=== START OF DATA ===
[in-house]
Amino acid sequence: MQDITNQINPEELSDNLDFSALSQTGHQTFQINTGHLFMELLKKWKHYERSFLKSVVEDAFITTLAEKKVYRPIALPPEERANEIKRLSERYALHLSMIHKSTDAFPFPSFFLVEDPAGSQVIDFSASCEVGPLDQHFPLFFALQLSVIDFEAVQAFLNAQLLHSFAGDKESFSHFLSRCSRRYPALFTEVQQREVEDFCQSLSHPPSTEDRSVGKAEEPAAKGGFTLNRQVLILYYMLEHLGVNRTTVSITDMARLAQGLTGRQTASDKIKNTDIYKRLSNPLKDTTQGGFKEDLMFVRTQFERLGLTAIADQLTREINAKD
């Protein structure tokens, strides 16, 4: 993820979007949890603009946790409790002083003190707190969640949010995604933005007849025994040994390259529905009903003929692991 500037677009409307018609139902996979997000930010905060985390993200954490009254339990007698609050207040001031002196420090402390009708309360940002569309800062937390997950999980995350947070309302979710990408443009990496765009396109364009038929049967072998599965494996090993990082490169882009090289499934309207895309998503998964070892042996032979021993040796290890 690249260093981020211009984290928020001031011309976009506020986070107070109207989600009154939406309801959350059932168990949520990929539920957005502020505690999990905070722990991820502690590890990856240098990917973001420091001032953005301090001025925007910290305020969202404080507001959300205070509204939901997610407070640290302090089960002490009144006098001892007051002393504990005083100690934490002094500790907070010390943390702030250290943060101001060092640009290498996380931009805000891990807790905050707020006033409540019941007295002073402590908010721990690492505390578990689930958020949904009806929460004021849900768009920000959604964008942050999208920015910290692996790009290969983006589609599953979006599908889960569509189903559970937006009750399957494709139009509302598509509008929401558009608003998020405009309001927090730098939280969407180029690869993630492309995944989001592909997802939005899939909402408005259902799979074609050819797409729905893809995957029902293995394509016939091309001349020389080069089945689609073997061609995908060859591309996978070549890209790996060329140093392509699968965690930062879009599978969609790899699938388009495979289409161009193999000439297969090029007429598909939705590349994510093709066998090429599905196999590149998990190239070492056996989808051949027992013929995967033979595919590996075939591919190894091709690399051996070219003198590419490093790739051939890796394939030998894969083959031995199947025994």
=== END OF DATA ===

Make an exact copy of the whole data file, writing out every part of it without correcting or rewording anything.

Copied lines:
[in-house]
Amino acid sequence: MQDITNQINPEELSDNLDFSALSQTGHQTFQINTGHLFMELLKKWKHYERSFLKSVVEDAFITTLAEKKVYRPIALPPEERANEIKRLSERYALHLSMIHKSTDAFPFPSFFLVEDPAGSQVIDFSASCEVGPLDQHFPLFFALQLSVIDFEAVQAFLNAQLLHSFAGDKESFSHFLSRCSRRYPALFTEVQQREVEDFCQSLSHPPSTEDRSVGKAEEPAAKGGFTLNRQVLILYYMLEHLGVNRTTVSITDMARLAQGLTGRQTASDKIKNTDIYKRLSNPLKDTTQGGFKEDLMFVRTQFERLGLTAIADQLTREINAKD
């Protein structure tokens, strides 16, 4: 993820979007949890603009946790409790002083003190707190969640949010995604933005007849025994040994390259529905009903003929692991 500037677009409307018609139902996979997000930010905060985390993200954490009254339990007698609050207040001031002196420090402390009708309360940002569309800062937390997950999980995350947070309302979710990408443009990496765009396109364009038929049967072998599965494996090993990082490169882009090289499934309207895309998503998964070892042996032979021993040796290890 690249260093981020211009984290928020001031011309976009506020986070107070109207989600009154939406309801959350059932168990949520990929539920957005502020505690999990905070722990991820502690590890990856240098990917973001420091001032953005301090001025925007910290305020969202404080507001959300205070509204939901997610407070640290302090089960002490009144006098001892007051002393504990005083100690934490002094500790907070010390943390702030250290943060101001060092640009290498996380931009805000891990807790905050707020006033409540019941007295002073402590908010721990690492505390578990689930958020949904009806929460004021849900768009920000959604964008942050999208920015910290692996790009290969983006589609599953979006599908889960569509189903559970937006009750399957494709139009509302598509509008929401558009608003998020405009309001927090730098939280969407180029690869993630492309995944989001592909997802939005899939909402408005259902799979074609050819797409729905893809995957029902293995394509016939091309001349020389080069089945689609073997061609995908060859591309996978070549890209790996060329140093392509699968965690930062879009599978969609790899699938388009495979289409161009193999000439297969090029007429598909939705590349994510093709066998090429599905196999590149998990190239070492056996989808051949027992013929995967033979595919590996075939591919190894091709690399051996070219003198590419490093790739051939890796394939030998894969083959031995199947025994």